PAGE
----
from either cars or guns, the progress and obstacles in these other areas offer important lessons for obesity prevention.


Motor vehicle crashes cause more than 33,000 deaths and hundreds of thousands of injuries in the United States each year, noted Teret. They are the most common cause of death for Americans aged 4 to 34 and are the third leading cause of years of life lost prematurely, behind cancer and heart disease (NHTSA, 2008).

A major change in recent decades that has reduced the number of automobile-related deaths and injuries is the use of seatbelts and the presence of air bags in cars. Federal legislation created the agency that would become known as the National Highway Traffic Safety Administration, and federal regulation then required the installation of seatbelts in cars. But establishing this requirement was not enough. For years after seatbelts were installed in cars, the percentage of drivers and passengers who used them hovered around 10 or 15 percent, said Teret. The question then became how to employ the law to make people use their seatbelts.

Eventually, the states began to pass laws that mandated the use of seatbelts. The percentage of people using seatbelts rose, but still not enough to prevent many injuries. Furthermore, in crashes involving severe deceleration, seatbelts did not provide enough protection to prevent all injuries.

A campaign to install air bags in cars was therefore initiated, but not without controversy. Regulations for the installation of air bags were promulgated by the National Highway Traffic Safety Administration but were subsequently revoked because of the politics of the time. The courts became involved in addressing the legal propriety of rescinding the regulations, and in a landmark case in 1983, the U.S. Supreme Court ruled that the regulations requiring automatic restraints, which include air bags, were valid.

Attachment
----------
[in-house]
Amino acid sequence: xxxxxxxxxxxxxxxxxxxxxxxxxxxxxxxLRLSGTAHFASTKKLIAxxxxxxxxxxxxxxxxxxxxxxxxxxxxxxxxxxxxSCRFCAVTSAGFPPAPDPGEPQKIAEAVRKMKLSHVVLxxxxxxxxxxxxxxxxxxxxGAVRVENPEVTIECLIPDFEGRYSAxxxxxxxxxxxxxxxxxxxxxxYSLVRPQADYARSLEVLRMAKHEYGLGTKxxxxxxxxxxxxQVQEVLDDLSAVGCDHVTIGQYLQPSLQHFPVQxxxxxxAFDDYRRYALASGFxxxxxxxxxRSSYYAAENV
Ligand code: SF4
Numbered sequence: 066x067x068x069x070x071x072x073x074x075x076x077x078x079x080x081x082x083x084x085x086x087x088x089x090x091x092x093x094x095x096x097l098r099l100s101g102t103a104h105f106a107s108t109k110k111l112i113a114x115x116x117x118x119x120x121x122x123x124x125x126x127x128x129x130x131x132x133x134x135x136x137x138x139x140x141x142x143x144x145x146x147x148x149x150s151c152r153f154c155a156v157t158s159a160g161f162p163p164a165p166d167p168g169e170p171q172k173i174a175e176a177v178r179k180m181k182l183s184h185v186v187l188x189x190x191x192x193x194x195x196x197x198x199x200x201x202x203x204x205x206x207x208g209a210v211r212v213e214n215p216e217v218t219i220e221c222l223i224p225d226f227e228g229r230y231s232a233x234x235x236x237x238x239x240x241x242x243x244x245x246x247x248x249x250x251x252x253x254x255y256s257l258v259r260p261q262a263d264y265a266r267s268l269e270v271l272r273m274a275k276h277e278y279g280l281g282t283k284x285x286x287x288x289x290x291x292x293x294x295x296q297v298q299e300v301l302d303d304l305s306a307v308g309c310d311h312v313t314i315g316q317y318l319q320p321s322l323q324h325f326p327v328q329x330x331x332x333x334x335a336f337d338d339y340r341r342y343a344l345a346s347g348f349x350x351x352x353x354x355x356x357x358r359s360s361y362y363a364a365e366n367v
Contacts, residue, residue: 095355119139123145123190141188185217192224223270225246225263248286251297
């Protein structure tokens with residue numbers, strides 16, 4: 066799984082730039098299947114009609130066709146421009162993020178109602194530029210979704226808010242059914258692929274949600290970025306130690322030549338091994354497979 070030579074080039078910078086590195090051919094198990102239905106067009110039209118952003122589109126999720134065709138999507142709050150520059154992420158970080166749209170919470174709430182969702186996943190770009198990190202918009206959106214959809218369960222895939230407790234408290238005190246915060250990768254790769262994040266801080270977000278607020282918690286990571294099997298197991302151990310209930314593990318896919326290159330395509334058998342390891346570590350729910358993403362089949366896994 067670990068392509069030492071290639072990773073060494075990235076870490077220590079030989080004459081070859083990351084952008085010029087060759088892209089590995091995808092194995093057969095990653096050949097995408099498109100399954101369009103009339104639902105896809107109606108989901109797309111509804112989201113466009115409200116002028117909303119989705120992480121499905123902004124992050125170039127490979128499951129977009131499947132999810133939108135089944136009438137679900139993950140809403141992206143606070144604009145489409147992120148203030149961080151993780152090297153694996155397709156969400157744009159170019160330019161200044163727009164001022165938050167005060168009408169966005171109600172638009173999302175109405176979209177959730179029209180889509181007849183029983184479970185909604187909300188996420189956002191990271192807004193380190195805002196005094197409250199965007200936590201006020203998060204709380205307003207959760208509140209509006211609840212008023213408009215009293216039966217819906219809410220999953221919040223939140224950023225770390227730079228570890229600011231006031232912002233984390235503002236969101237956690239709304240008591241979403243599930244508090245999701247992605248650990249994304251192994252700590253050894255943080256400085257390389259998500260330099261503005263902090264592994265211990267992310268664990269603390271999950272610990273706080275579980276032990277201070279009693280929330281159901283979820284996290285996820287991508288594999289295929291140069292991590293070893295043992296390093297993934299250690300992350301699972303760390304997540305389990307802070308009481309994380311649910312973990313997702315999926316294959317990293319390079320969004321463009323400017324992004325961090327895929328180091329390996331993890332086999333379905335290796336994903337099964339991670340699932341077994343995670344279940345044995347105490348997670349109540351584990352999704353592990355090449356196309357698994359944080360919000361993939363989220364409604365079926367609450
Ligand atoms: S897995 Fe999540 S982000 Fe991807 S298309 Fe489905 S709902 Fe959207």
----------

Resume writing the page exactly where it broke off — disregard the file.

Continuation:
Even after that ruling, it often was impossible to buy a car equipped with air bags. Advocates therefore turned to litigation in state courts. The first such case brought in the United States involved a woman who had been rendered a quadriplegic in an automobile crash. The lawsuit stated that the defendant in the case, Ford Motor Company, should be held liable for not offering an air bag as an option in her car. The first patent for an air bag had been issued in 1953, but the automobile companies were not using this life-saving technology. The lawsuit stated that if cars had been offered with air bags, either as standard equipment or as an option, perhaps this injured woman and many thousands of others would not have suffered severe and disabling injuries.

Ten days into the trial, Ford Motor Company settled the case through a payment of $1.8 million. The trial generated a great deal of press coverage,

The National Academies | 500 Fifth St. N.W. | Washington, D.C. 20001
Copyright © National Academy of Sciences. All rights reserved.
Terms of Use and Privacy Statement